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Today’s robots aren’t confined to the factory floor. Using robotic process automation (RPA), industries from finance and insurance to real estate and medicine are automating routine office tasks, increasing productivity, and saving businesses time and money. As this hot market grows, it creates new opportunities for systems integrators to provide customized solutions.
The modern workplace abounds with efficiency-promoting technology. Dozens of apps are available for instant messaging, time management, project management, and collaboration.
Yet knowledge workers still spend much of their time on dull, repetitive tasks like filling out forms or hunting for information across databases. By delegating these tasks to RPA, they can focus on more meaningful work, becoming more productive and driving the business forward.
“Digital transformation is not just about moving paper-based content to electronic files and using a mouse and keyboard,” says Timothy Huang, deputy manager of business development at electronics manufacturer Elitegroup Computer Systems Co., LTD. “Computers are powerful machines. By running AI algorithms, they can not only organize work but get it done.”
Software Robots Boost Productivity
Offices are full of tasks that robots can take over. Software robots can fill out purchasing orders, track shipments, run tax calculations, and transfer funds. They can vet employees, locate key data, and process payrolls. “In any kind of company, there are many repetitive jobs RPA can take over,” says Jeff Lin, director of TPI Software, which makes RPA solutions.
The jobs that companies assign to their software robots depend on their industry.
For example, finance and insurance are heavily regulated industries that require extensive documentation, such as Know Your Customer (KYC) regulations. Robots can jump across government and third-party websites at lightning speed, gathering information to meet the KYC regulations financial authorities require to prevent money laundering and fraud.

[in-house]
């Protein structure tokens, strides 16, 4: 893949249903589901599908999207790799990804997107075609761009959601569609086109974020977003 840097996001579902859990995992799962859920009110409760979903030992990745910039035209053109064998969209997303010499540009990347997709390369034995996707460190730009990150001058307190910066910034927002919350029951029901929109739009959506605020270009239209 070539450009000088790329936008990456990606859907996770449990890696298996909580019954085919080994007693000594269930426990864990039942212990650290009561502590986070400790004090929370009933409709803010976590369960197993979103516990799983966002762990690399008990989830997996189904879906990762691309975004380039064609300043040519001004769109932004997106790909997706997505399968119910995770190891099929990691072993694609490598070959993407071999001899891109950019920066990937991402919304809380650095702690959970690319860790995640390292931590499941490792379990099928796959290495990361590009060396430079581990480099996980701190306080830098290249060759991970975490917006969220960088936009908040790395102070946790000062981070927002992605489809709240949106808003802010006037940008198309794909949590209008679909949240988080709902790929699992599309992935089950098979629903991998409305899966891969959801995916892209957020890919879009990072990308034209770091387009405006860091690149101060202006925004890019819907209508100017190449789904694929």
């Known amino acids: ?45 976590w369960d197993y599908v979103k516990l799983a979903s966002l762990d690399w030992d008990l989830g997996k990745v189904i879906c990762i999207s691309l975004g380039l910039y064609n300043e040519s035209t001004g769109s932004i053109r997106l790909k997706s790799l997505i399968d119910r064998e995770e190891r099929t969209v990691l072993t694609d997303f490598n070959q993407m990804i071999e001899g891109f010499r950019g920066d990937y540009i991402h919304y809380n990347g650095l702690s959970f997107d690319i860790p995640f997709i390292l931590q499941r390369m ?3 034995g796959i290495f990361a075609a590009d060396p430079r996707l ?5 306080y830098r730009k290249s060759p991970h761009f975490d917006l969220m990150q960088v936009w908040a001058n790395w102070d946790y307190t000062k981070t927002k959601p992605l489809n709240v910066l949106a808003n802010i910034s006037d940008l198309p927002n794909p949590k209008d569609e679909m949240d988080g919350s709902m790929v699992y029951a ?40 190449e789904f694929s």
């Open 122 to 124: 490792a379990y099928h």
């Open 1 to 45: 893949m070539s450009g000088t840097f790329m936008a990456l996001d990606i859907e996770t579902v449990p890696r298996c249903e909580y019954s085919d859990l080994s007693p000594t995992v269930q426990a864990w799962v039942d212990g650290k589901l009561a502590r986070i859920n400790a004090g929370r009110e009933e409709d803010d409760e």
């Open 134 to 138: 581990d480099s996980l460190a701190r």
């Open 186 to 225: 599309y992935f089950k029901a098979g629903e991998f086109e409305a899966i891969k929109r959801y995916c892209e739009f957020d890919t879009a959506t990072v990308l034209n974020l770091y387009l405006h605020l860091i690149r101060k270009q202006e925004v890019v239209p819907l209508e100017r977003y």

Using the SysTalk.RPA (Robot Process Automation) solution—developed in partnership by Elitegroup and TPI Software—user names and passwords can be automatically input to enter these websites. A computer vision module included in the solution enables it to successfully navigate CAPTCHA codes as well. “Our software can reduce the time workers spend on KYC by 40%,” Lin says.
Robots can also save time for busy IT administrators flooded with help desk tickets. Instead of contacting employees experiencing problems, they can use an RPA virtual assistant to guide them through simple tasks, resolving issues without human involvement.
Using robots for IT tasks became particularly useful during the pandemic, when employees began working from home and using unfamiliar applications outside of normal business hours, when human support was unavailable.
Choosing the Right RPA Solutions
Because company work processes are unique, RPA solutions must be tailored to each job. SIs can work with their customers to help them get started. Step one is identifying bottlenecks and pain points, and designing SysTalk.RPA workflows to solve them.
The workflows are loaded onto Elitegroup LIVA Z3 Plus computers, which use Intel® Core™ processors to run the automations. The palm-size computers can run dozens or even hundreds of workflows, simultaneously, sequentially, or both.
“Maybe at 8:00, one workflow will collect marketing data from Yahoo or Facebook, then at 9:00 it will switch to generating information in the ERP system,” says Huang.